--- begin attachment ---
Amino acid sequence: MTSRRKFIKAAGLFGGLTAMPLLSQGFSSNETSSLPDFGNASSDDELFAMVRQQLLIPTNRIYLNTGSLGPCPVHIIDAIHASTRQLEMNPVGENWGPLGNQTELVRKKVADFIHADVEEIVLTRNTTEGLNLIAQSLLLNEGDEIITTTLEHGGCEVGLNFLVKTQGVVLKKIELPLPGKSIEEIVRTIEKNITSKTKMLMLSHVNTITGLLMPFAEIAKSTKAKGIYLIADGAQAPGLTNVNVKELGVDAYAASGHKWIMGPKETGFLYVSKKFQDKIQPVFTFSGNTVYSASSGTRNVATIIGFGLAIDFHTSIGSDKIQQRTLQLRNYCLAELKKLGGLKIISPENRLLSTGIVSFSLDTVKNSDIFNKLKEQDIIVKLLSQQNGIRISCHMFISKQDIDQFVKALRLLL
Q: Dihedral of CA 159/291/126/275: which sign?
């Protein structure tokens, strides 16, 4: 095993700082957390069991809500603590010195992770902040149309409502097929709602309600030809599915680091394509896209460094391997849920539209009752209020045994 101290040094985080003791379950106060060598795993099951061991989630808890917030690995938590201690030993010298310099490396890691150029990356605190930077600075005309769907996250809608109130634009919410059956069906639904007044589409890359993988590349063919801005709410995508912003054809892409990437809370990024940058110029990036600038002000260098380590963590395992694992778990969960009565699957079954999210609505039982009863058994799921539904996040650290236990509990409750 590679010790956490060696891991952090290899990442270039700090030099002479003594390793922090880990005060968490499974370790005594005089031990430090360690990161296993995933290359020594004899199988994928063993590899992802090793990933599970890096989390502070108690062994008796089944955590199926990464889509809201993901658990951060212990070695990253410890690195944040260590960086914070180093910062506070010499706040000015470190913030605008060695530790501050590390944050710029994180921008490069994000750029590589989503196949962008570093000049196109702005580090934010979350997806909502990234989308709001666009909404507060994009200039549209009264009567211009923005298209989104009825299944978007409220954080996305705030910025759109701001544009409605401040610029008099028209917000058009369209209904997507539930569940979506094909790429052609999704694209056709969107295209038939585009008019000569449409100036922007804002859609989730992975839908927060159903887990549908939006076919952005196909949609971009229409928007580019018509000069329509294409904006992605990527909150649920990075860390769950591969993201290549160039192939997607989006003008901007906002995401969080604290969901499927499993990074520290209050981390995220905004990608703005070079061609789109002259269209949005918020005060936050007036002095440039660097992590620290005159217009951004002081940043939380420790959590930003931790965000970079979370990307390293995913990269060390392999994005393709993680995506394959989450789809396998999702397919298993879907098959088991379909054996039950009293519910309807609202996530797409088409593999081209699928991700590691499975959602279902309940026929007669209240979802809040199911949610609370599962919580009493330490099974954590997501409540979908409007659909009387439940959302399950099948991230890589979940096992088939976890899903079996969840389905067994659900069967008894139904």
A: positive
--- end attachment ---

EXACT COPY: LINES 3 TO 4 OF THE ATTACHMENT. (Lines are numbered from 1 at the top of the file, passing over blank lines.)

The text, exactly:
């Protein structure tokens, strides 16, 4: 095993700082957390069991809500603590010195992770902040149309409502097929709602309600030809599915680091394509896209460094391997849920539209009752209020045994 101290040094985080003791379950106060060598795993099951061991989630808890917030690995938590201690030993010298310099490396890691150029990356605190930077600075005309769907996250809608109130634009919410059956069906639904007044589409890359993988590349063919801005709410995508912003054809892409990437809370990024940058110029990036600038002000260098380590963590395992694992778990969960009565699957079954999210609505039982009863058994799921539904996040650290236990509990409750 590679010790956490060696891991952090290899990442270039700090030099002479003594390793922090880990005060968490499974370790005594005089031990430090360690990161296993995933290359020594004899199988994928063993590899992802090793990933599970890096989390502070108690062994008796089944955590199926990464889509809201993901658990951060212990070695990253410890690195944040260590960086914070180093910062506070010499706040000015470190913030605008060695530790501050590390944050710029994180921008490069994000750029590589989503196949962008570093000049196109702005580090934010979350997806909502990234989308709001666009909404507060994009200039549209009264009567211009923005298209989104009825299944978007409220954080996305705030910025759109701001544009409605401040610029008099028209917000058009369209209904997507539930569940979506094909790429052609999704694209056709969107295209038939585009008019000569449409100036922007804002859609989730992975839908927060159903887990549908939006076919952005196909949609971009229409928007580019018509000069329509294409904006992605990527909150649920990075860390769950591969993201290549160039192939997607989006003008901007906002995401969080604290969901499927499993990074520290209050981390995220905004990608703005070079061609789109002259269209949005918020005060936050007036002095440039660097992590620290005159217009951004002081940043939380420790959590930003931790965000970079979370990307390293995913990269060390392999994005393709993680995506394959989450789809396998999702397919298993879907098959088991379909054996039950009293519910309807609202996530797409088409593999081209699928991700590691499975959602279902309940026929007669209240979802809040199911949610609370599962919580009493330490099974954590997501409540979908409007659909009387439940959302399950099948991230890589979940096992088939976890899903079996969840389905067994659900069967008894139904």
A: positive